Mercy is not a quality we expect to see much these days. Instead, our eyes, ears and emotions are assaulted daily, even hourly in the case of radio and TV news items, by violence, injustice, willful stubbornness, intransigence, bigotry, scams, prejudice and intolerance. Acts of mercy are so rare that, when they do occur, they make headline news, replete with pictures, in newspapers and magazines and on television.
Perhaps because the Bible is so readily available in the Western world, our culture admires mercy. Ancient Rome did not share our admiration. Romans spoke of four cardinal virtues: wisdom, justice, temperance and courage—but not mercy. The Interpreter’s Bible states that the Romans despised pity! The Greeks held similar views, thinking that mercy indicated weakness rather than strength. Aristotle wrote that pity was a troublesome emotion.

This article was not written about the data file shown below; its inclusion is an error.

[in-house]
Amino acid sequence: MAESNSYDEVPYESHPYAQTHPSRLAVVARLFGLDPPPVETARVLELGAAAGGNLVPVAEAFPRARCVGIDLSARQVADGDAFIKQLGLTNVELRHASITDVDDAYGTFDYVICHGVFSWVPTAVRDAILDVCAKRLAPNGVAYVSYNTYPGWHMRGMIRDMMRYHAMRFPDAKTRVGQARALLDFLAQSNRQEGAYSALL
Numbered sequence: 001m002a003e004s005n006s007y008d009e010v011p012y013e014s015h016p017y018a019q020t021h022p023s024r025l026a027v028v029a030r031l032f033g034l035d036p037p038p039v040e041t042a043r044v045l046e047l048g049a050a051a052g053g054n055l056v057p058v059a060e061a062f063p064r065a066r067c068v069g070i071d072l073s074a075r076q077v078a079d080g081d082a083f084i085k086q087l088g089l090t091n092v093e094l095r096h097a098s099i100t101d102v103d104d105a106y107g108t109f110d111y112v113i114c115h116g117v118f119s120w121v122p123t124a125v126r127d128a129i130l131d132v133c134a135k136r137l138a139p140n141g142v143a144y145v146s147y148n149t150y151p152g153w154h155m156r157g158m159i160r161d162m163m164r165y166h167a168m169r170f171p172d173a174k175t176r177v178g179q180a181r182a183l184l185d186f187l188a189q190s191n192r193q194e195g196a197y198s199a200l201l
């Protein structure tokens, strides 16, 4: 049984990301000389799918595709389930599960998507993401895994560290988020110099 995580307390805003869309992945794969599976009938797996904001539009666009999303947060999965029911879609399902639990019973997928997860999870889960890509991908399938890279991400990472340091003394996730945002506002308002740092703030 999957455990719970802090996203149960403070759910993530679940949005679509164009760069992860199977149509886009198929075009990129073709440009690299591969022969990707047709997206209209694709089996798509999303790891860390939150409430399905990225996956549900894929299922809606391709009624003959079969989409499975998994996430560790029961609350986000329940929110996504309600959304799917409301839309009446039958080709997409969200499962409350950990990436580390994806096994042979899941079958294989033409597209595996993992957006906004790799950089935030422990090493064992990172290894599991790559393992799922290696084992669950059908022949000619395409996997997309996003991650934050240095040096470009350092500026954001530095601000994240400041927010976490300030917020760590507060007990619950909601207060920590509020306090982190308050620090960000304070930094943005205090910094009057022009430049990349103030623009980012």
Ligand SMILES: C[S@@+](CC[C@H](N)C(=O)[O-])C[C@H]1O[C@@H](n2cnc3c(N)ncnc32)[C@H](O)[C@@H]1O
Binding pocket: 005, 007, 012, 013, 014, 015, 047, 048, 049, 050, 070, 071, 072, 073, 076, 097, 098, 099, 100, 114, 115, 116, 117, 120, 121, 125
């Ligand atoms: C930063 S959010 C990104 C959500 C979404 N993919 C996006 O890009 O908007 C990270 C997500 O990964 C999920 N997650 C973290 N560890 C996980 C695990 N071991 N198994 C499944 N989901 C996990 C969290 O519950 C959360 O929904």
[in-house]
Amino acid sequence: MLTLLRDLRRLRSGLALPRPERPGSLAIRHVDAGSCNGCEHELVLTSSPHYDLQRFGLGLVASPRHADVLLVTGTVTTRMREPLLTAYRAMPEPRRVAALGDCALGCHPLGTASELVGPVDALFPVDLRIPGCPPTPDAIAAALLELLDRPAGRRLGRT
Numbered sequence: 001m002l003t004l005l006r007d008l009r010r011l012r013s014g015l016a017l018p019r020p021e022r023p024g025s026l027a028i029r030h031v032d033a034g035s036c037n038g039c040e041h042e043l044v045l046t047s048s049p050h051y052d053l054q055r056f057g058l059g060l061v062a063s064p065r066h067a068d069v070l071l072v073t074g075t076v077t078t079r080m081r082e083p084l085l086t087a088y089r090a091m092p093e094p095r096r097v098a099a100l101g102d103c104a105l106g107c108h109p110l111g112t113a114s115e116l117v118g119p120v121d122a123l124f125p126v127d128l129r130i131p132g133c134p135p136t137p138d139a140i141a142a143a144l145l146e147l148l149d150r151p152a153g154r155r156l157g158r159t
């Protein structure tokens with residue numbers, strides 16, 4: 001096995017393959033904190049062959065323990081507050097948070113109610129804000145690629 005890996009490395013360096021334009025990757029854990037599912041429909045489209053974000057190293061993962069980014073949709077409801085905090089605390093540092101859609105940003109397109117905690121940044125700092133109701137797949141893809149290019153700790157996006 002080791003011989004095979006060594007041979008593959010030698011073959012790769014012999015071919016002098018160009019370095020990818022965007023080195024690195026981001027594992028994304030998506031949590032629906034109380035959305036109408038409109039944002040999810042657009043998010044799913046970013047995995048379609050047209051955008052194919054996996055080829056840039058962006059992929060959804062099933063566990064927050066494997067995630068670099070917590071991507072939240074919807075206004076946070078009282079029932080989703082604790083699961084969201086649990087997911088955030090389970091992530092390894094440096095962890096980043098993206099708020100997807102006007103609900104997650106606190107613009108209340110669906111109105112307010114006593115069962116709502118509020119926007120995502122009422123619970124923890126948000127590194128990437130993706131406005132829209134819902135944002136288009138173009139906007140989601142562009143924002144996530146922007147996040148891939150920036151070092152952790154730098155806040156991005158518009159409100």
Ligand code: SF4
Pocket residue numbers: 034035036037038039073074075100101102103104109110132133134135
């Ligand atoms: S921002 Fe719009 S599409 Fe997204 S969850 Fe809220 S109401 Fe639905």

The Pharisees, harsh in their self-righteous judgments of others, showed little mercy. Jesus saying of them in Matthew 23:23, “Woe to you, scribes and Pharisees, hypocrites! For you pay tithe of mint and anise and cumin, and have neglected the weightier matters of the law: justice and mercy and faith. These you ought to have done, without leaving the other undone.” This difference makes apparent how far apart God and men are on the value we should place upon specific qualities of character.
We need to remind ourselves from time to time that the Beatitudes represent signs of those who are truly Christ’s disciples. They help identify those upon whom God’s blessings rest to aid them in living joyfully. From another angle, they describe the nature of true happiness.